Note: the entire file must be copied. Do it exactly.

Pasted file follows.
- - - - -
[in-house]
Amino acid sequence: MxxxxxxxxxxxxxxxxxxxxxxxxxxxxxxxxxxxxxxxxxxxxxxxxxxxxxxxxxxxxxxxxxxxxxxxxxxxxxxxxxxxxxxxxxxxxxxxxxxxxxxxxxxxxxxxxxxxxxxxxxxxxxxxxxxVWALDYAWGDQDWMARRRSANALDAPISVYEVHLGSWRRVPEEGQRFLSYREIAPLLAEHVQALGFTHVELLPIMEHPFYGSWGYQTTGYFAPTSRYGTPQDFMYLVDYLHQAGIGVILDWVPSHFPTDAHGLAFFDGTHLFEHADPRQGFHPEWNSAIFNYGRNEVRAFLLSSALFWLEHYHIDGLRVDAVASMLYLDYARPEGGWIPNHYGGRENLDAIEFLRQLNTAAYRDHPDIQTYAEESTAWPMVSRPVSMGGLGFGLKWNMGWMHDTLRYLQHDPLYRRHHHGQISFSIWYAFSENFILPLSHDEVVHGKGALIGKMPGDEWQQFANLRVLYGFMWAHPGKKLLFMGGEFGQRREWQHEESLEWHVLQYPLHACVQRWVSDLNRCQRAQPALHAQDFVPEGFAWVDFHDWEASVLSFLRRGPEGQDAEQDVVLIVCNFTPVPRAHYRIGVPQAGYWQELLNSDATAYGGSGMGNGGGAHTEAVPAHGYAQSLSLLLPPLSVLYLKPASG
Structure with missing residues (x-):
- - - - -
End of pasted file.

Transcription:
[in-house]
Amino acid sequence: MxxxxxxxxxxxxxxxxxxxxxxxxxxxxxxxxxxxxxxxxxxxxxxxxxxxxxxxxxxxxxxxxxxxxxxxxxxxxxxxxxxxxxxxxxxxxxxxxxxxxxxxxxxxxxxxxxxxxxxxxxxxxxxxxxxVWALDYAWGDQDWMARRRSANALDAPISVYEVHLGSWRRVPEEGQRFLSYREIAPLLAEHVQALGFTHVELLPIMEHPFYGSWGYQTTGYFAPTSRYGTPQDFMYLVDYLHQAGIGVILDWVPSHFPTDAHGLAFFDGTHLFEHADPRQGFHPEWNSAIFNYGRNEVRAFLLSSALFWLEHYHIDGLRVDAVASMLYLDYARPEGGWIPNHYGGRENLDAIEFLRQLNTAAYRDHPDIQTYAEESTAWPMVSRPVSMGGLGFGLKWNMGWMHDTLRYLQHDPLYRRHHHGQISFSIWYAFSENFILPLSHDEVVHGKGALIGKMPGDEWQQFANLRVLYGFMWAHPGKKLLFMGGEFGQRREWQHEESLEWHVLQYPLHACVQRWVSDLNRCQRAQPALHAQDFVPEGFAWVDFHDWEASVLSFLRRGPEGQDAEQDVVLIVCNFTPVPRAHYRIGVPQAGYWQELLNSDATAYGGSGMGNGGGAHTEAVPAHGYAQSLSLLLPPLSVLYLKPASG
Structure with missing residues (x-):